Tuesday, August 07, 2007

Can You Hear the Children?

It's been four years; four long years for everyone. The war that was only supposed to last a year has dragged on and every soldier that is deployed leaves a gaping hole behind. It's especially hard on the kids who are left trying to make sense of it all. And for more than 1,200 kids, their parents will never come home. "About 39 percent (more than 469,999) of the children of deployed parents are age 1 and under, 33 percent (more than 400,000) are between the ages of 6 and 11, and about 25 percent (more than 300,000) are between the ages of 12 and 18," a Virgina Tech study concluded. Most of the kids in the study (between the ages of 12 and 18) said that they hid their emotion, but “lashed out” at people about things they normally wouldn't have. And while some teens said that their grades were going down because of all the stress they had, other teens actually improved. In another split result, some teens said that the relationship with a home parent got worse, but others claimed they became closer. “…when he’s not there, everything is looser,” said a 13-year-old girl. “Like you know, I’ll do my homework maybe after I eat dinner and stuff. And like maybe I’ll just do things in a little different order when I’m around my mom.” It seems that there isn't just one formula on how the deployment of a parent will affect the family.

However, it was pretty conclusive that the older sibling felt they had to be "the strong one" in the family. In many of the cases they matured quickly and took on more responsibilities. “I was always, always, always the last person to go to sleep,” said Garrett Schlobohm, 17, “I always made sure everything was shut, let the dog out, tried to take care of everybody pretty much. So I think when my dad was gone, I kind of tried to take over his role.”

Now, camps and support groups are springing up virtually everywhere for teens and kids in this situation. If any of you out there have parents in Iraq, it might be a good idea to go to one of these programs just to try it out. Friends and family can be a great resource, but sometimes it's good to have others your age who know what you're going through. For anyone one who has a friend who's parent is in Iraq, try to be understanding. Be the support link and let them know you'll be there; for the good and the bad.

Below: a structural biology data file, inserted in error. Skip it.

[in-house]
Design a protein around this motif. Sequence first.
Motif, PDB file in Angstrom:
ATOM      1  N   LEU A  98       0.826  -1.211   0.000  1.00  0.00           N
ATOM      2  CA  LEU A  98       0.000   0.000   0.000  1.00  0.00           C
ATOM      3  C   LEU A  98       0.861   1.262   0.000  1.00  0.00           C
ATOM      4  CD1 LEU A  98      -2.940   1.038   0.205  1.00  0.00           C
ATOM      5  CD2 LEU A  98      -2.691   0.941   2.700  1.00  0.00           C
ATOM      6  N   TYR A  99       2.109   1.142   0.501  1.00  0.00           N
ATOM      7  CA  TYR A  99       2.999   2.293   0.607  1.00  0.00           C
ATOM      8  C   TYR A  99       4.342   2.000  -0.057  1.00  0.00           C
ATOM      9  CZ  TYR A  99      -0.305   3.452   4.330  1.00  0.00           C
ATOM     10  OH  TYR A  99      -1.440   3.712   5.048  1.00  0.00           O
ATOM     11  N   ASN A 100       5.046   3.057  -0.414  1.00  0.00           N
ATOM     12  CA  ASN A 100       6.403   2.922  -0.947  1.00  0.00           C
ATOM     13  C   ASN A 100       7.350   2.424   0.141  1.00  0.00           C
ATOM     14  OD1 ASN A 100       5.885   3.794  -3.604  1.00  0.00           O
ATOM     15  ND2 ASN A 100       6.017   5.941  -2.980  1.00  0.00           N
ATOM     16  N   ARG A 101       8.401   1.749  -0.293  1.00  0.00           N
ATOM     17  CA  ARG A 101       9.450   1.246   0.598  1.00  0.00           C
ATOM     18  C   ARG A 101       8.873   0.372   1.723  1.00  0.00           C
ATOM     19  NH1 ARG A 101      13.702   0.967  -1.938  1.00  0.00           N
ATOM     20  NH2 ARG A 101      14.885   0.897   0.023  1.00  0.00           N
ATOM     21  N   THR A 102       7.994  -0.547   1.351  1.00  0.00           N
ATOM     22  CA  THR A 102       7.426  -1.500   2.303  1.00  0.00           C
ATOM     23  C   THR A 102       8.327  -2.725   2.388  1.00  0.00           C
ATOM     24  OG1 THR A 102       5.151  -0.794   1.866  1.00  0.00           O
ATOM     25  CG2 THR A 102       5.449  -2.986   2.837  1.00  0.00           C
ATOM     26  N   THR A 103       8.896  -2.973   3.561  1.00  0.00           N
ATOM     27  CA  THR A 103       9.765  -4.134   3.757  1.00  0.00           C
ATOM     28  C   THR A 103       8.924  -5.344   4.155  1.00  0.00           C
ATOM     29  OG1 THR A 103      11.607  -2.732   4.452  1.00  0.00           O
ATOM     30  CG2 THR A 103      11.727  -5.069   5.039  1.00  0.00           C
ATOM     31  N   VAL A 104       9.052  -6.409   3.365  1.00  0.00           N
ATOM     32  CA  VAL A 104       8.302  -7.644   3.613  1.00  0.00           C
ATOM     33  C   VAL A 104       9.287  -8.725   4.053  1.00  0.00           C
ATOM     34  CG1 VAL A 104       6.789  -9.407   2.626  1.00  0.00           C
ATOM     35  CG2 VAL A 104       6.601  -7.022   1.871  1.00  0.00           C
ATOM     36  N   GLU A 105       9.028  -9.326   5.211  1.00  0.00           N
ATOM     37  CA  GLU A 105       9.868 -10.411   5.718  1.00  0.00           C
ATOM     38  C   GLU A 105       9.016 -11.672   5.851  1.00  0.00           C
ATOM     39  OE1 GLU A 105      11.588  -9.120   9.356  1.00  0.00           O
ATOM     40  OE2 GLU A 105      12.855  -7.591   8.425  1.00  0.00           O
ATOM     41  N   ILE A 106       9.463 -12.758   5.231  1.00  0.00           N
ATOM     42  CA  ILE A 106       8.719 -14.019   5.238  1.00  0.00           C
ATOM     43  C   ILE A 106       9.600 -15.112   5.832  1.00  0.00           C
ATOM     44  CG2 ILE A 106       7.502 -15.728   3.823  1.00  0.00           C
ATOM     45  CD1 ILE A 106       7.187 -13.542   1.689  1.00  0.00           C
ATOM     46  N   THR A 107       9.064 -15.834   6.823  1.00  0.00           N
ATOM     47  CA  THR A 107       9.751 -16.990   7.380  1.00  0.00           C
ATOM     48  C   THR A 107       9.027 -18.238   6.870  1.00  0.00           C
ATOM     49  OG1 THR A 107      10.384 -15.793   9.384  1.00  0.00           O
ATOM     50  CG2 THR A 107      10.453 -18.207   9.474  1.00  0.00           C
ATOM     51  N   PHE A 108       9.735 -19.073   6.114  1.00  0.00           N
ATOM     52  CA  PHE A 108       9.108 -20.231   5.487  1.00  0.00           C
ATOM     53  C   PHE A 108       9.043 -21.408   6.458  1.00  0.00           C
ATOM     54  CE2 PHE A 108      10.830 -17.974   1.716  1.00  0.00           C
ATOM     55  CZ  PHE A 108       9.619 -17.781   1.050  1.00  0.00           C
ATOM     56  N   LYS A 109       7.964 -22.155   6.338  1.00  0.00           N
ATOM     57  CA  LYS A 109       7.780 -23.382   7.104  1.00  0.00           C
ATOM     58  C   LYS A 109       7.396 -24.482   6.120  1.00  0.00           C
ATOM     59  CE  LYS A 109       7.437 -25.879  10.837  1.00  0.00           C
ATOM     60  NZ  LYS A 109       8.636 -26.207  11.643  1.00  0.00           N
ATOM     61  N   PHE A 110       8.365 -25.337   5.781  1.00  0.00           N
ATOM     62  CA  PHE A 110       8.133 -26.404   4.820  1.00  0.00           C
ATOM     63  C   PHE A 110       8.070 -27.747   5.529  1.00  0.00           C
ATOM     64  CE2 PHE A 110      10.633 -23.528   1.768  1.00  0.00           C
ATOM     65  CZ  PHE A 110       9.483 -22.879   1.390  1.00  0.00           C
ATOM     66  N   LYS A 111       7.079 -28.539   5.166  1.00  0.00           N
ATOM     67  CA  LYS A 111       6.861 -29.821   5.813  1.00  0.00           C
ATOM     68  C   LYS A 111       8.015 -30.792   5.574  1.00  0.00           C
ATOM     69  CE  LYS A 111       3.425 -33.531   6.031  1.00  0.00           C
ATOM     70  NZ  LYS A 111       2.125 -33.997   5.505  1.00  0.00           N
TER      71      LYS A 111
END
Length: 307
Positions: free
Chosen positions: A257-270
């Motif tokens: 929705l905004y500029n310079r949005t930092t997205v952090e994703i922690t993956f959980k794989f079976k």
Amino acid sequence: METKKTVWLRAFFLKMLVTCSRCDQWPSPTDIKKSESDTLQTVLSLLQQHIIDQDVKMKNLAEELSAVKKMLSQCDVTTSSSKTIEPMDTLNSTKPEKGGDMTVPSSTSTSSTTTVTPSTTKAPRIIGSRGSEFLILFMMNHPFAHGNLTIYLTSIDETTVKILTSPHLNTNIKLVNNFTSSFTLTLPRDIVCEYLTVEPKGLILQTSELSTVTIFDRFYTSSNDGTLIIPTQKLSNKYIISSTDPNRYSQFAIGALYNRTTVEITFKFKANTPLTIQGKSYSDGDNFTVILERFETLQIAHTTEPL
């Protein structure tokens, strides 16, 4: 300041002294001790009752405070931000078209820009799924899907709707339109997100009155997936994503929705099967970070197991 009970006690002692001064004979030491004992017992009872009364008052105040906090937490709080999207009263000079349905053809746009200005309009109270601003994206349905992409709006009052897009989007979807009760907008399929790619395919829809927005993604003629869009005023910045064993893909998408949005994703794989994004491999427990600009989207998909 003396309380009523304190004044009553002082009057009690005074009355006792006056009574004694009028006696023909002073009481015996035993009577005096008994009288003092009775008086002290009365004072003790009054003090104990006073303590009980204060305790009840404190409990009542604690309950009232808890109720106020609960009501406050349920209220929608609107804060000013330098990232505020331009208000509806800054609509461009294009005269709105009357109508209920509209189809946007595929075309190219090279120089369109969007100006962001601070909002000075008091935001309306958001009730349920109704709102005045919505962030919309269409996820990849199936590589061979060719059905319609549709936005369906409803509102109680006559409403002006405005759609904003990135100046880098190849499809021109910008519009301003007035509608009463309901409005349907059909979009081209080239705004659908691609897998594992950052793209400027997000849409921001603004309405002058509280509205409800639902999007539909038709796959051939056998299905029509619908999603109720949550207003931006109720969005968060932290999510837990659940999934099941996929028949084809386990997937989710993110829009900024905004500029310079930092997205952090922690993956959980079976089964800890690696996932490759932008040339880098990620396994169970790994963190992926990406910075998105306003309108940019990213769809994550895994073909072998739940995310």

One teen said, “At first when my dad got deployed there was a lot of support … like people calling, people giving us, you know, food and stuff. But then as time went on, it just kind of died down and nobody really cared that he was deployed.” We can't let them forget that we care.

Voices of Children
(While I can write about girls and boys who have parents in Iraq, I have never experienced it. I think they can say it much better than I ever could.)

  • "I felt really sad when my dad left because I knew that a lot of people had already gotten killed in Iraq," said Sierra Kelley, 11. "I'm like, 'Oh my gosh, he's going to get killed.'”

  • One 17-year-old boy said, “When my dad left, I stayed separate from the family. I would really keep to myself. …my mom and my sister were constantly crying and stuff so I was always trying to comfort them. And I couldn't show any emotion … because I had to be the strong one.”

  • “…my mom acts different, too, when my dad’s gone. It’s like she’s not her normal self,” said one 14-year-old boy. “She’s kind of like stressed out and stuff. And her [being] stressed out affects me, too …”

  • "I don't want to be a daddy because daddies die," said four-year-old Jack Shanaberger.

  • "Did Dad love his soldiers more than he loved us?"- Richard Marshall, 16.

  • “(Mom) came to Ramstein to visit me and we went to restaurants, shopping, and just hung out together relaxing,” said Sal Russo, “We cooked, laughed, watched movies, and called family back in the states. She even helped me with a Business writing course I was taking.”

Find out what the Pentagon is now doing for families.

"America’s Military Kids Are Latest Collateral Damage "- an article from the Women's Media Center.

To everyone who's parent(s) has been deployed, just know that we think of you and hope.

Peace, friends.


Anonymous said...

I think that this is so sad. I mean, I think my dad is a huge part of my life and I really don't think I could survive without my dad. So if there was any way that I could show that I care to those kids, I would do it.

New Moon said...

This is a great post, Kelly. It really is important that we keep the families who are continually affected by the war in our hearts.